How to beat the bounce and keep users on your site | DMA

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How to beat the bounce and keep users on your site


Whether yours is an old website that could be working harder or a new one that isn’t performing as well as you’d hoped, a high bounce rate is never happy reading.

Your bounce rate is essentially the percentage of visitors who leave your website after visiting one page. If your bounce rate is higher than you’d like, it’s usually a sign that your site visitors are either struggling to use your website or they aren’t finding what they’re looking for – which means you need to make some changes.

According to Google, retail websites should expect a bounce rate of 20-40%, which increases to 70-90% forlanding pages. So if yours is markedly higher, here are our tips to help bring your bounce rate down and keep users on your site.

1. Make sure you’re getting found for the right keywords

If your website is ranking for the wrong search terms, it’s hardly surprising that your visitors are bouncing immediately; if your content is not what they’re expecting, they won’t hesitate to hit the back button and look elsewhere.

Instead of using generic keywords to attract as many visitors as possible, do your research and stick to specific, relevant keywords to attract the right visitors. Key phrases related to your products and services, your brand name and the location of your outlets will do a much better job of encouraging potential customers to visit your website – and they’re much more likely to hang around once they get there, too.

2. Have a clear layout that prioritises the most important information

Your website may look pretty, but if it’s tricky to navigate then it’s not fulfilling its purpose. User experience (UX) is vital, so if you think yours isn’t up to scratch, take some time to do some UX testing and see where you’re going wrong.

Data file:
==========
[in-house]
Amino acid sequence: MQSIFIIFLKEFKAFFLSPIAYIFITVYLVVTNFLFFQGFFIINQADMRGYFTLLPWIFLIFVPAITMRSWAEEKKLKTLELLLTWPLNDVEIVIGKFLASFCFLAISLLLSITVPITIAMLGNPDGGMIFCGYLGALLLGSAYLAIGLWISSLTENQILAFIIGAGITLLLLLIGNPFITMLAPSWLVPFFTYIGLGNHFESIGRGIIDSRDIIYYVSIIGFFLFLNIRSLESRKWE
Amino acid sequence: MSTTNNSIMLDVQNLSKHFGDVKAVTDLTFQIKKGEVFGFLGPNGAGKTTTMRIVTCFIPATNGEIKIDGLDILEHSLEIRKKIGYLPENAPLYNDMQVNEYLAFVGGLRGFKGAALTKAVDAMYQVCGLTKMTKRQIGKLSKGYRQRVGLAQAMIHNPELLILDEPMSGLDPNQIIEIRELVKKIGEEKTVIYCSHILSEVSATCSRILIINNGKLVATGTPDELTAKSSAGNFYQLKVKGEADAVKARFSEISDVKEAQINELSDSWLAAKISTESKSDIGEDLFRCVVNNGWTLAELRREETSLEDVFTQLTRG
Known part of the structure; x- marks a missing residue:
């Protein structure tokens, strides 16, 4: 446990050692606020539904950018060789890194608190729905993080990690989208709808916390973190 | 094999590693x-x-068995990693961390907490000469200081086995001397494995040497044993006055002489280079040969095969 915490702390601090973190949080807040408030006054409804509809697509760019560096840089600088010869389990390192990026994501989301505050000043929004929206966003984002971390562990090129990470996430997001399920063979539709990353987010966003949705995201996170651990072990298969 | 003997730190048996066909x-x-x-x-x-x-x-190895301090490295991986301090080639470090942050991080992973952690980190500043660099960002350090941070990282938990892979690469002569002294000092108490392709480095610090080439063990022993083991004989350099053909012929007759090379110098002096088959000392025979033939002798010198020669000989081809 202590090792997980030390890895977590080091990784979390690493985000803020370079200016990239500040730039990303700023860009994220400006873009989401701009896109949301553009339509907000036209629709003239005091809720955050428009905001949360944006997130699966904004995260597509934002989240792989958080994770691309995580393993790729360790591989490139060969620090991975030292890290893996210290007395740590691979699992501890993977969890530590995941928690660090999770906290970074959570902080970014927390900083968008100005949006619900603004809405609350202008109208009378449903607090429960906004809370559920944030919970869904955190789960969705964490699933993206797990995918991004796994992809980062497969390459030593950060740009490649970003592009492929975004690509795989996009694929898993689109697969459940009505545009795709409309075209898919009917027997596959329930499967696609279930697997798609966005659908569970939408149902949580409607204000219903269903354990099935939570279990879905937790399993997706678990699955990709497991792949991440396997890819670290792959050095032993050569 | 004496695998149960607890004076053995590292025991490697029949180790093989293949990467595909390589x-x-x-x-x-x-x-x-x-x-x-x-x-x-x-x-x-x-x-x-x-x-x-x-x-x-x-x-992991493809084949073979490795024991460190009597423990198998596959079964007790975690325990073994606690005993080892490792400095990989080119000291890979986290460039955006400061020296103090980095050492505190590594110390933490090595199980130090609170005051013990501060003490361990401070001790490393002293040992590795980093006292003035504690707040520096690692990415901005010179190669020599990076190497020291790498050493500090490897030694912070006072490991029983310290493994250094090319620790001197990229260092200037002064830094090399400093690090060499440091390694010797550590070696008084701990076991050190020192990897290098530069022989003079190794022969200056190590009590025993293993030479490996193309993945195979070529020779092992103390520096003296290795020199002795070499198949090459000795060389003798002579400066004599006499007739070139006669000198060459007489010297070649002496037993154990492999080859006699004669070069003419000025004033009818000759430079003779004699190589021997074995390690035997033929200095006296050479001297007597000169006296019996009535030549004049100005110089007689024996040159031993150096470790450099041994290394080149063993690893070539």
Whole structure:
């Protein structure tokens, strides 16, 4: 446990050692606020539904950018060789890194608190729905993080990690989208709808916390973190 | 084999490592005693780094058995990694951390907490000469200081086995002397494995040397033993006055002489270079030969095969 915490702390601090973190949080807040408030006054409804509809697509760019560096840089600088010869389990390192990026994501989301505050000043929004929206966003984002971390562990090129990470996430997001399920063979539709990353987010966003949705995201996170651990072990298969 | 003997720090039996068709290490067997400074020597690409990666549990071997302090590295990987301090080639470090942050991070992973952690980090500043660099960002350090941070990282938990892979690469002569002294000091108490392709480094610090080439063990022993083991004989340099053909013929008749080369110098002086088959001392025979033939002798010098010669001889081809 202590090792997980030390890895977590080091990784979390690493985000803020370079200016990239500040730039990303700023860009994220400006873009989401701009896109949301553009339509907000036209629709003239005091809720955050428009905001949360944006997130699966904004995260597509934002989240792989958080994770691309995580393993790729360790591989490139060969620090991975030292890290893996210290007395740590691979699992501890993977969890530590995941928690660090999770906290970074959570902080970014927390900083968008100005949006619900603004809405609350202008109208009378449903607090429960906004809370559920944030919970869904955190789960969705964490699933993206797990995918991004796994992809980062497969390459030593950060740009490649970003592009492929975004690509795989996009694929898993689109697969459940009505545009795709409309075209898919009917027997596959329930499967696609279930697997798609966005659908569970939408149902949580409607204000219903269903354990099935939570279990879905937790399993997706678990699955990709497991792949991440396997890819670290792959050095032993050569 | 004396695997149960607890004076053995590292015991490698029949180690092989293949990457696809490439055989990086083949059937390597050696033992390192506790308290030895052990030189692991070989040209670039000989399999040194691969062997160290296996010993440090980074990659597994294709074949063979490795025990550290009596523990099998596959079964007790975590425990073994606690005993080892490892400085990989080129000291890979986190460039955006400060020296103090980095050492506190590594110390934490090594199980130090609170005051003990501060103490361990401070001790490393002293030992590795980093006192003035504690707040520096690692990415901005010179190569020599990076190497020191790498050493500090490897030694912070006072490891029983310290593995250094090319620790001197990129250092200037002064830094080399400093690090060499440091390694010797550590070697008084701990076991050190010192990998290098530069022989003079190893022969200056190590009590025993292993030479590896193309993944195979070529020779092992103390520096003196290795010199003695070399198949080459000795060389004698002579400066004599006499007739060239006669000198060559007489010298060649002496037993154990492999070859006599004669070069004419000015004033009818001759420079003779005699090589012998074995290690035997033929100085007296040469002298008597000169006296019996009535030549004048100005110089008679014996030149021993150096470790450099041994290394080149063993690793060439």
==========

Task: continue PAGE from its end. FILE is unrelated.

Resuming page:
The focus should be on quick navigation, a prominent search function and easy access to your most important content – things like services and prices, contact details, booking forms, etc. That’s what your potential customers are looking for, after all, and a high bounce rate and low page views suggests they’re just not finding it.

3. Ensure your website is optimised for mobile devices

With mobile traffic overtaking desktop and Google favouring sites which are mobile-friendly, a mobile optimised site is huge must for multi-location businesses. According to Google, 61% of mobile users said they are likely to leave a website if the site isn’t mobile friendly, so to be able to compete on the high street and tune into the on-the-go demands of the modern consumer, your website needs to be accessible to devices of every size, shape and form.

Of course, a mobile website comes with its own set of rules, so remember to think about mobile UX design principleswhen you’re designing it. Consumers expect limited scrolling and pinching, finger-friendly buttons and a click-to-call option as well as an efficient design.

4. Decrease page load time as much as you can

You know as well as we do how much of a pain slow loading times can be. If you want to prevent your visitors from hitting the back button in frustration, it’s a good idea to keep load times as short as possible. Ideally you want your page to load in under a second – any longer and your content will need to prove that it’s worth the wait.

5. Provide good content that draws your customers in

Your content should be split into sections that follow a clear reading hierarchy. Start with the obvious main message in the header, then move onto the details using smaller subheads and short sections of text – the trick here is to be concise. Your content should be complemented with relevant calls to action (CTAs) to support your user journey, allowing customers to move quickly and intuitively to the next step.

Use personalisation and localisation techniques like content masking to make your pages hyper-relevant to your target audience. Each of your outlets should have its own localised website – a scaling multi-location platform can help you achieve this cost-effectively.

Essentially, in order to keep your users engaged, your website needs to be easy to use, whatever device your customers are on, as well as full of useful content. If you think your website is selling you short, our five tips above should get it going again – so dig into your analytics, get some UX testing going and bring that bounce rate back down.

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